laptop with survey on screen and two hands

Are we making progress with the transparency of health care and use of data? The 10th Anniversary Health Datapalooza prompted reflection among stakeholders on how the use of data in healthcare has evolved and revolutionized the industry in a relatively short period. A decade ago, EHRs were somewhat new to the scene and researchers, consumers, and policymakers had a difficult time getting access to data. Today, things are different. We’re inundated with data and our challenge is what to do with it all. How can we best leverage this information to inform consumer decision-making? Clinician decision-making? Adapt payment models and reward value of care? The industry is grappling with big questions, and the continuous advancement of technology and proliferation of data make it hard to get ahead.

In March, we surveyed Datapalooza participants on where we are and what’s in store for health data, technology, and policy matters. Here are some broad insights from our community of data enthusiasts…

Impact: Health Data Liberation Movement

Over the past ten years, the government has been making more and more data available from clinical, administrative, and public health sources. We were curious about what Health Datapalooza participants thought about the impact of this “Health Data Liberation Movement.” The responses varied with no clear consensus, suggesting that this movement has had wide-ranging effects. 22% of participants feel the movement sparked technology innovation, while 21% say it has led to greater understanding about disparities in spending and outcomes. The remaining responses were about evenly split, with participants responding that these efforts have enhanced transparency about cost and quality, inspired consumer advocacy for access to data, and fueled value-based healthcare practices. Undoubtedly, the benefits have been many. Perhaps most importantly, patients are more knowledgeable and engaged in their care.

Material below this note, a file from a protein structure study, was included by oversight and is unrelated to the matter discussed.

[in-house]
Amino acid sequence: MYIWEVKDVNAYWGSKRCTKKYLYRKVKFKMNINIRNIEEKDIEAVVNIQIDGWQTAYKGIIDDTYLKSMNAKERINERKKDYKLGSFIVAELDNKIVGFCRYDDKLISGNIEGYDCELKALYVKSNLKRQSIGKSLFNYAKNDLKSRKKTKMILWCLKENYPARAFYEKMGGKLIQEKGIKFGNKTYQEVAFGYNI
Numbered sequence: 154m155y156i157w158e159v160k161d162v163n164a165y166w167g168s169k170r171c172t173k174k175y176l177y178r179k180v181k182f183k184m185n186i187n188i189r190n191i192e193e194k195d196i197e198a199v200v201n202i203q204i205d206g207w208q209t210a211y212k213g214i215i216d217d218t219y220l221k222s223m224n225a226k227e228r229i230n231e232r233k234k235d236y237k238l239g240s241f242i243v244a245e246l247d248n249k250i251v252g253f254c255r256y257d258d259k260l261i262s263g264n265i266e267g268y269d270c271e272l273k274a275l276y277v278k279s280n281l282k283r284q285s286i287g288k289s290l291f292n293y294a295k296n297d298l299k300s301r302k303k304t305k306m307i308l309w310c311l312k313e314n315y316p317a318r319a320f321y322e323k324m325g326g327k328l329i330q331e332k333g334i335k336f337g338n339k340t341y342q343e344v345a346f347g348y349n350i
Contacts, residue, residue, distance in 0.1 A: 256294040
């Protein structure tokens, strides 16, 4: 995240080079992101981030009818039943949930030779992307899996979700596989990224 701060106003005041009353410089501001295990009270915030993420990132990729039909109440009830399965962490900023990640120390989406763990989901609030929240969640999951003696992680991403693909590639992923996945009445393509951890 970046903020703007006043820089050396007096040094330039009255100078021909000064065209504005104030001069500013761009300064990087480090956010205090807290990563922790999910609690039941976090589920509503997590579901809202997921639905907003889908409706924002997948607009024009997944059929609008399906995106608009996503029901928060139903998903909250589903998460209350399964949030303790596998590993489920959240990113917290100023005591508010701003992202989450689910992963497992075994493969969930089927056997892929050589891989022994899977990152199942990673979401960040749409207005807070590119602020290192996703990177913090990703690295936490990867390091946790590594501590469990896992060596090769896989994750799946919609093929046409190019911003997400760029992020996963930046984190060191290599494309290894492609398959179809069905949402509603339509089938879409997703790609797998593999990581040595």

More Data, More Power

Consumerism in health care represents a major cultural shift that’s here to stay. Key attributes of a consumer-oriented system – transparency, value, and choice – are powered by data. As people have easier and comprehensive access to their health information, they’re becoming more informed and empowered to make decisions about their care. Within the broader context of a health care system transitioning to one that pays for quality over volume of services, more patient engagement and choice may significantly affect industry practices and norms.

Datapalooza participants think one facet of patient-engaged care will only continue to grow, and that is the use of remote health devices that collect and transmit data. Our survey respondents predict that by 2025, at least a quarter of people in the U.S. will be using some kind of wearable. Almost one-third of respondents think it will be more than 50% of people. More remote health devices mean more involvement in health, and yes, even more data.

Key questions remain, such as, how can we best capitalize on this additional data? Will the evidence support its use to improve outcomes? As our reliance on data and its utility continue to grow and deepen, it will be important to recognize its limitations and not lose sight of the role of humans. In a recent article in Health Affairs, a mother of a child who is chronically ill cautions against the pervasive use of “consumer” in health care. Health care is inherently different than other consumer-driven industries (do you really have a choice about what doctor to see when you’re in the Emergency Department?) and she argues, likening patients to traditional consumers is not always appropriate or appreciated. Another recent piece echoes these sentiments and underscores that while data is a powerful resource, how it’s used to facilitate human-to-human interaction must remain the key issue. The author quotes, “Trust is the touchstone of consumerism.”